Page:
Danielle Metzinger is part of the GovLoop Featured Blogger program, where we feature blog posts by government voices from all across the country (and world!). To see more Featured Blogger posts, click here.

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Jackie Elder

I really enjoyed reading this article. In fact, our school is highly encouraging us to develop higher order thinking questions for our students to answer to stimulate deeper levels of thinking. They would like us to veer away from beginning questions with “what is,” but instead start questions with “how, why, explain, justify, create.” Of course, if we are just starting a new lesson then we have to ask questions that show understanding. However, after that, my question design must trigger the student to analyze or synthesize information; evaluate or judge; and, finally create. They told us that if we want to prepare our students to be creative thinkers, the level of questioning in the curriculum must get them there. Question design is a very important thing and is hard to do. Not just in the classroom, but on jobs, anywhere———if you want to stimulate more creative thought in your organization, then engage them with higher order questioning. In fact, you can give them the questions in advance to answer at home BEFORE they come to a brainstorming session. Have them submit their answers individually, then have them share out or brainstorm a stronger vision. The outcomes of your questioning are as good as the questions themselves.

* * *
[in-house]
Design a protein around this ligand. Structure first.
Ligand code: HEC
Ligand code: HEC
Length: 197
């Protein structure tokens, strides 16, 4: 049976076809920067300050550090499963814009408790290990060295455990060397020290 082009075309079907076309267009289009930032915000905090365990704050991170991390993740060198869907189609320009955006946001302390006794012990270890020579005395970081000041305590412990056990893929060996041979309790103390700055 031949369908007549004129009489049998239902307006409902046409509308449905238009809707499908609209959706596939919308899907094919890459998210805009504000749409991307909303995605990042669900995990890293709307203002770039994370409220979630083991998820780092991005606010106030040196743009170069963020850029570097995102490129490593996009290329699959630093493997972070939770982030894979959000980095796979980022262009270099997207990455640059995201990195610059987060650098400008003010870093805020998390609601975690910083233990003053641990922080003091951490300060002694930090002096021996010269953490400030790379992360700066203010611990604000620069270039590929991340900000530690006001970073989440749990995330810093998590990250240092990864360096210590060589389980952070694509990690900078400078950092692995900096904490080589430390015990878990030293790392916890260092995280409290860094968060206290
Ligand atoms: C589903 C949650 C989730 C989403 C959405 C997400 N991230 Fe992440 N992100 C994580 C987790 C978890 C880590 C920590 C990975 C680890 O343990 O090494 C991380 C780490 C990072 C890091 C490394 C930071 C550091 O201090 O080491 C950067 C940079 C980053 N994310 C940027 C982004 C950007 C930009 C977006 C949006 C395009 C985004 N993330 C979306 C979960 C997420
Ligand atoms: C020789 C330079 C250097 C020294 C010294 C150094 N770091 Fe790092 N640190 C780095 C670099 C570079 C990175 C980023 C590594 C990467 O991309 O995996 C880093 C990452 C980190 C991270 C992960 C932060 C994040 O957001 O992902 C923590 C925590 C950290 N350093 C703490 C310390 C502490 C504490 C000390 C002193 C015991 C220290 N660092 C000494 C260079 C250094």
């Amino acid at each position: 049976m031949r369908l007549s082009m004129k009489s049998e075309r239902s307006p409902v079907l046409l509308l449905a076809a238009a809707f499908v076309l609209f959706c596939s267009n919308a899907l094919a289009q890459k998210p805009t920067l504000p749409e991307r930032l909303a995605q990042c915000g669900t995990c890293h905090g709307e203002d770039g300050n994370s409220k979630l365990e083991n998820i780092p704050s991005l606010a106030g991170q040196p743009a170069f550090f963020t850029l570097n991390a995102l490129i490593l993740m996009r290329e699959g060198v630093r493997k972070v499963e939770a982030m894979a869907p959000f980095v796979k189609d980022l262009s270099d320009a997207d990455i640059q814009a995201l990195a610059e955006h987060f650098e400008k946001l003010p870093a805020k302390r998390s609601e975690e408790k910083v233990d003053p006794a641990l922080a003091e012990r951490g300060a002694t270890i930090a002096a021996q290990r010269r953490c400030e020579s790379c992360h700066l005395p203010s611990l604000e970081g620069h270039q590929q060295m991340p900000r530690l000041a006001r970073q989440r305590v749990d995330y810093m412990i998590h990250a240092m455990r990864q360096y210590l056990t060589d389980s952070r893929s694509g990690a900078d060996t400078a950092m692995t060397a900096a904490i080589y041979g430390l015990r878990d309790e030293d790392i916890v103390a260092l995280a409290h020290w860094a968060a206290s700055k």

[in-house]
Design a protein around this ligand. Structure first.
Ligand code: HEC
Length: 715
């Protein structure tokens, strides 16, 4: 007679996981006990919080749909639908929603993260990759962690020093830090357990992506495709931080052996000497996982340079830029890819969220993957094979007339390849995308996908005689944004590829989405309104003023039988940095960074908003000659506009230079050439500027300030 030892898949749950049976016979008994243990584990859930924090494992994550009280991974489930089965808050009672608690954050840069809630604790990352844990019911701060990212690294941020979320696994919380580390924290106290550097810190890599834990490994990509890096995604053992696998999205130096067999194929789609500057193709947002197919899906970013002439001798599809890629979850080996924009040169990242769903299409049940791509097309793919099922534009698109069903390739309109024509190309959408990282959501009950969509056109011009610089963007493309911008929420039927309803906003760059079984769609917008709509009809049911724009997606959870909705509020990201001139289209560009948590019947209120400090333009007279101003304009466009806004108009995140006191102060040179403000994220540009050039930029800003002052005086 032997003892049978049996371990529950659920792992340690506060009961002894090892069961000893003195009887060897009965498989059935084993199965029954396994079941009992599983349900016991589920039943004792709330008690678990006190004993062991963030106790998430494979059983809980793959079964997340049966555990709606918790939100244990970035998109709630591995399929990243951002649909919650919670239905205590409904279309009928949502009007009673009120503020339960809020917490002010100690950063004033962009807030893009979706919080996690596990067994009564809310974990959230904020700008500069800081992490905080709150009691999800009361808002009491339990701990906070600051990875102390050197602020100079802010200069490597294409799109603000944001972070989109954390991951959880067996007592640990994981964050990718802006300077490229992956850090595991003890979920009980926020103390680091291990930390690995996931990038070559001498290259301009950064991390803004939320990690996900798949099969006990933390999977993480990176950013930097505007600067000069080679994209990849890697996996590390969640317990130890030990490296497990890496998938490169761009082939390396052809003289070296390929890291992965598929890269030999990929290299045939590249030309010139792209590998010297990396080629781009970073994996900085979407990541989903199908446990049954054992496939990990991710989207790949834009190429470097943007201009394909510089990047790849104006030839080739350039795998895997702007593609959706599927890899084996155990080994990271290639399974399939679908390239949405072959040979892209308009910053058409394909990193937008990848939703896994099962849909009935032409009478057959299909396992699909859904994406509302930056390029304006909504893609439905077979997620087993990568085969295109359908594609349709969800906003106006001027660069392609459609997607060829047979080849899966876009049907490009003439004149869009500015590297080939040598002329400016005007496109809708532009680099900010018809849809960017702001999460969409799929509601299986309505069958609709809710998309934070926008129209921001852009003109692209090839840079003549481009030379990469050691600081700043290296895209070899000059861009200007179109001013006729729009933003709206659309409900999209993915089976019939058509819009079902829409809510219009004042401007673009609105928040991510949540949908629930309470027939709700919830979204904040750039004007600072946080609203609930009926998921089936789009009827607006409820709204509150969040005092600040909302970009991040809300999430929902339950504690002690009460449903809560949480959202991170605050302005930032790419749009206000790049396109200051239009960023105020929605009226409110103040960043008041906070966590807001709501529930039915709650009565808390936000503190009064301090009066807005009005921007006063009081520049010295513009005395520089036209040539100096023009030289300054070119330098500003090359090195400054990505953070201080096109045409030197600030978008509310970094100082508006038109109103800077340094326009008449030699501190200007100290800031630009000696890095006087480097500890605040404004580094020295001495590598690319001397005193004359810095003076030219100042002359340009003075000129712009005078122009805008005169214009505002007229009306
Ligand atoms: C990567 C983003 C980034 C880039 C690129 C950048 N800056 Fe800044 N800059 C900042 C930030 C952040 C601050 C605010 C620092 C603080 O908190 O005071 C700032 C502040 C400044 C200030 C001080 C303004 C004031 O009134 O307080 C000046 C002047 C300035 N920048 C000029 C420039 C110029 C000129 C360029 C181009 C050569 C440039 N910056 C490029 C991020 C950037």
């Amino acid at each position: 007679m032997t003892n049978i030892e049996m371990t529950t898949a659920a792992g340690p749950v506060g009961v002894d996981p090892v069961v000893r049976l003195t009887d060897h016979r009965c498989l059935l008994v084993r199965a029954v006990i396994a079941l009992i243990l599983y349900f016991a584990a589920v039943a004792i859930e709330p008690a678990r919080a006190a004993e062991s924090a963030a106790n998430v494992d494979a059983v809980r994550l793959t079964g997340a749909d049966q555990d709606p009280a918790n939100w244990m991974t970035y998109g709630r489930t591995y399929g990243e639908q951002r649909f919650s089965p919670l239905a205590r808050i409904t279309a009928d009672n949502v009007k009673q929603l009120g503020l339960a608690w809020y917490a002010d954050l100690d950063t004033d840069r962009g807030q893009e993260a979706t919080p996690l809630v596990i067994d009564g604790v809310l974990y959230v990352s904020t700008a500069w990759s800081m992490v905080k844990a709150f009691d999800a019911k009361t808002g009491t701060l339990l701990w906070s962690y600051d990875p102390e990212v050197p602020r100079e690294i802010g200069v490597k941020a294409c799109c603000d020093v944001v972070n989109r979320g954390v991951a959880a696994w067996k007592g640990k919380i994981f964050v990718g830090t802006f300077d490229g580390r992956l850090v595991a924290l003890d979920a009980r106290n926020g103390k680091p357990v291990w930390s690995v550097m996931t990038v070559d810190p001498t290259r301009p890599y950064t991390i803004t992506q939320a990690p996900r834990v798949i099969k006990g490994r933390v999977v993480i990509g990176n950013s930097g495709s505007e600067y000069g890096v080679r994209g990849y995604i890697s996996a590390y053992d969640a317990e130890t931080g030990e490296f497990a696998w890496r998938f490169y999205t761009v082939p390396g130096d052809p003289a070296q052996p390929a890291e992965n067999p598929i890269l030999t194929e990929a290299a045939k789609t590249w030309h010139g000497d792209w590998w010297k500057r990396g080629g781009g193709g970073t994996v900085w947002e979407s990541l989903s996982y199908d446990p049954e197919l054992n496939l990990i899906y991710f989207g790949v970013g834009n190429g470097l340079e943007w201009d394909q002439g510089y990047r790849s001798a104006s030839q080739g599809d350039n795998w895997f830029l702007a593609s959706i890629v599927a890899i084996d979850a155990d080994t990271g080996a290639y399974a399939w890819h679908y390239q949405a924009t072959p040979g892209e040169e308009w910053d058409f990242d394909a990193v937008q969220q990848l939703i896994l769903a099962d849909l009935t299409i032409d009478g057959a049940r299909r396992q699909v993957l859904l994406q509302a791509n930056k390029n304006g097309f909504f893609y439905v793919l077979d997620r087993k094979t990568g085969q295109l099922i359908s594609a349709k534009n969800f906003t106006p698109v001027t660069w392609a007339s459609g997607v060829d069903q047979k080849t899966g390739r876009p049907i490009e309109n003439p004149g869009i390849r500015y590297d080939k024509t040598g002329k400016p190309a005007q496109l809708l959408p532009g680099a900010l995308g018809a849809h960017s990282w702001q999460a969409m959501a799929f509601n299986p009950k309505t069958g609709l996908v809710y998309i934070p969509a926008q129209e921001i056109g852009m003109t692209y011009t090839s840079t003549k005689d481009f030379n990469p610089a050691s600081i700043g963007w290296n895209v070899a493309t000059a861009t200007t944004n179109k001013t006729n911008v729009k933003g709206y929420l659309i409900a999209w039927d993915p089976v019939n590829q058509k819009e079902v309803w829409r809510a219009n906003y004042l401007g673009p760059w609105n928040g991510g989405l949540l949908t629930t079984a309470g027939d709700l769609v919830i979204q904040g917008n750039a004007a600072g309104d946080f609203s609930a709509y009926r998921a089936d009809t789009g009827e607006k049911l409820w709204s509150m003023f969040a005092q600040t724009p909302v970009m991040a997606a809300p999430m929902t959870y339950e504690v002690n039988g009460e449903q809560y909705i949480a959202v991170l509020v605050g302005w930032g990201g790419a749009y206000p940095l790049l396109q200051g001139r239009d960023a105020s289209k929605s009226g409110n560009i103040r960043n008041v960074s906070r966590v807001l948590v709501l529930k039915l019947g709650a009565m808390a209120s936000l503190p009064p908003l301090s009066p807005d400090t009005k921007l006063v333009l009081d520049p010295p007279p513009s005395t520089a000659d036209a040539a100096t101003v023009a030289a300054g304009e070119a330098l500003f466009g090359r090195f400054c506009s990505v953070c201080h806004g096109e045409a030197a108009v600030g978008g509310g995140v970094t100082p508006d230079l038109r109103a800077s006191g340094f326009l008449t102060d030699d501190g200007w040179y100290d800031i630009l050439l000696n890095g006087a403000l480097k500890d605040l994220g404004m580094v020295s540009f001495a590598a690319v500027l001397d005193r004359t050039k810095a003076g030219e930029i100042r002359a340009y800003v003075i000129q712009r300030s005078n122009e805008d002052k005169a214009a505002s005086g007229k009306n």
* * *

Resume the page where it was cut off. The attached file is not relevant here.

https://www.edutopia.org/pdfs/stw/edutopia-cochrane-schturnaround-PD-essential-questions.pdf

https://hbr.org/video/3373616535001/brainswarming-because-brainstorming-doesnt-work

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Lisa Meiman

Great article on ways to brainstorm. Would you also recommend sending these to employees ahead of time, particularly for the introverts? Some of these take time to reflect.

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Profile Photo Danielle Metzinger

Thanks for reading, Lisa! I think if your audience would benefit from having the questions beforehand so they can reflect then absolutely do so. When it comes to the in-person conversation it will be critical to guide the group through each of the levels together even though they’ve had a chance to think about it before. I hope this is useful!